Maureen "Morty" Cassidy of Pond Lehocky Stern Giordano. Maureen “Morty” Cassidy of Pond Lehocky Stern Giordano.

As plaintiff lawyers, we are familiar with the plight of the innocent victim following an injury. We regularly have conversations where an injured individual is forced to remortgage a home or sell property for financial support. Many times, they are stuck standing by as their family attempts to go on with a normal life, while everything has changed.

The Pennsylvania Constitution provides the fundamental right of legal redress, to every person who has suffered an injury at the hands of a negligent party. The right of a remedy is a legal linchpin of our state constitution, and often the most contentious. When the injury occurs at work, the Pennsylvania Workers’ Compensation Act (the act) compensates for lost wages and medical benefits; within a no-fault system. A hundred years ago, the act was enacted so that injured workers were guaranteed these workers’ compensation benefits, in exchange for giving up the right to sue their employer. A supposed grand bargain between employees and employers was struck for more certainty and a more expedited process of recovery than the tort system could provide to both parties.

Although one cannot file a tort claim against their employer, these injuries frequently occur due to the negligence of a third party. This then gives rise to the legal doctrine of “subrogation.” An injured worker does not lose the right to sue a negligent party, but statutory language within the act provides that a workers’ compensation carrier (carrier) can subrogate against all monies recovered from a third-party case, including noneconomic damages. This right is automatic and absolute in Pennsylvania.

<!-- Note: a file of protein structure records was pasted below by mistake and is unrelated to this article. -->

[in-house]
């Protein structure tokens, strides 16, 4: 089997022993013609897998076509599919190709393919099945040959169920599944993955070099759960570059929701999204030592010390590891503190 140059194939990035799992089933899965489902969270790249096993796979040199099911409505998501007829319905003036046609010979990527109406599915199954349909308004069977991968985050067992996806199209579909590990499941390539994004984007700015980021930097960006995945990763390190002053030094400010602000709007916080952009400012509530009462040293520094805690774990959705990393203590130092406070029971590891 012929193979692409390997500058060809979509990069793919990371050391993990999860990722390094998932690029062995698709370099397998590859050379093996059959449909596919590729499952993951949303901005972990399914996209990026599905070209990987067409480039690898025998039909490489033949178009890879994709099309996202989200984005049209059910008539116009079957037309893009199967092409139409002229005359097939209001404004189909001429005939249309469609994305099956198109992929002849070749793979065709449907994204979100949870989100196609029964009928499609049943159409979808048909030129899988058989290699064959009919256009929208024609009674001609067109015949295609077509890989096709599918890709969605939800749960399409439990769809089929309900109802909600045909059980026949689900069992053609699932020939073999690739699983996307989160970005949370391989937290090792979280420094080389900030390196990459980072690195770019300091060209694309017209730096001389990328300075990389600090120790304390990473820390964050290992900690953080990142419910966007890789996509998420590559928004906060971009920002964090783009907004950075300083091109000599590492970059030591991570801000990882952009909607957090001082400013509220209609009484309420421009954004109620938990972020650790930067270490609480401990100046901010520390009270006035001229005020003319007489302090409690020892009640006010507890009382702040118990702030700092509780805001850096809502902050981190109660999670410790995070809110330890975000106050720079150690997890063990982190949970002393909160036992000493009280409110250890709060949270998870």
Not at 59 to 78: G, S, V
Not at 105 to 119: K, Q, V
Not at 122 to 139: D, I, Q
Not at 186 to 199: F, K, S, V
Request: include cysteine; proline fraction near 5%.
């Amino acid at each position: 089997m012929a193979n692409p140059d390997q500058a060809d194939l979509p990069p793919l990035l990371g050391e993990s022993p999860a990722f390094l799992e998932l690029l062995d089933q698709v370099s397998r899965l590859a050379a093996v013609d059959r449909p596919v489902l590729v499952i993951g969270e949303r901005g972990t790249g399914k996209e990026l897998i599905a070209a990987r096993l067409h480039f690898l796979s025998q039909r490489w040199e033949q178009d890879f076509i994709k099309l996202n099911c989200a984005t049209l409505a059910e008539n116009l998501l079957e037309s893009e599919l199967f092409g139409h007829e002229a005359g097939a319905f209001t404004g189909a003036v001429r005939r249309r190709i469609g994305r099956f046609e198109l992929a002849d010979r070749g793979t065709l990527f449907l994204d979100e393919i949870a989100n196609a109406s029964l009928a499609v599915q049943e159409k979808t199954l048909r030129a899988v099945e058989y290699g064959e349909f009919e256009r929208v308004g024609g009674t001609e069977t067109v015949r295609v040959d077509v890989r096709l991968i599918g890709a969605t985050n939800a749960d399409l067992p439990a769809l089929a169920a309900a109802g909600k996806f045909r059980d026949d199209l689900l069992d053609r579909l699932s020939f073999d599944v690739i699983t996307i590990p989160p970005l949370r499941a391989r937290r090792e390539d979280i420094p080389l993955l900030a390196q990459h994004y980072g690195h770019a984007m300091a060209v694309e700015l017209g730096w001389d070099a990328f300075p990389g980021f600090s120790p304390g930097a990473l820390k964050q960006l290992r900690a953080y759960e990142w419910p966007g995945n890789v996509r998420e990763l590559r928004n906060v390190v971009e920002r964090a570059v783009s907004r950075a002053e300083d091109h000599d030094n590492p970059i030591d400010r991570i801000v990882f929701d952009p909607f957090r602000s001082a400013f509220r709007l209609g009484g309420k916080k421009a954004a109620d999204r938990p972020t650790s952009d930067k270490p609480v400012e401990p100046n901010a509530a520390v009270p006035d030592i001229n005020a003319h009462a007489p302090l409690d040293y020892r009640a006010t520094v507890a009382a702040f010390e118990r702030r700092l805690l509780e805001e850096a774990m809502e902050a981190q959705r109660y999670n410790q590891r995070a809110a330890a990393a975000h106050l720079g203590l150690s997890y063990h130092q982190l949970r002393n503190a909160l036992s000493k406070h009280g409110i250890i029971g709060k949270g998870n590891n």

Subrogation is a common law doctrine developed to prevent double recovery and ensure that the party at fault, rather than an innocent party, be held responsible for the injury, as in Dale Manufacturing v. Bressi, 491 Pa. 493, 496,421 A.2d 653, 654 (1980). As an illustration, the workers’ compensation insurance carrier pays an injured worker lost wages and medical benefits. The same injured worker, then receives a third-party recovery, which includes loss of wages, medical benefits and noneconomic losses, such as damages for pain and suffering. The workers’ compensation insurance carrier then may employ its subrogation rights. In Pennsylvania, the carrier is entitled to subrogate the amount of the third-party recovery, reduced pro rata by costs and fees, even though some of the damages are for noneconomic losses. In other words, the carrier is paying wage loss and medical benefits for the work injury, yet they get money back for all damages paid, such as pain and suffering. Equitable? No, that math does not add up.

Subrogation lays its common law roots in the equitable principle of fairness. Section 319 of the act does not fit the common law doctrine, but rather was created by the Pennsylvania Legislature to allow a carrier to expressly receive a recovery, not subject to any equitable exceptions or limitations. This current application of subrogation is withdrawing from the balance of the grand bargain and reversing the principle of equity while promoting unjust enrichment.

The current application of Section 319  is unjust and does not promote the humanitarian purposes of the act. The statute, as applied, does not serve the purpose of providing compensation for an injury, and deprives the worker from the benefit of the grand bargain. This pattern of unlawful taking from the injured worker is depriving them the constitutional right to remedy against a negligent party while lining the pockets of the workers’ compensation carrier.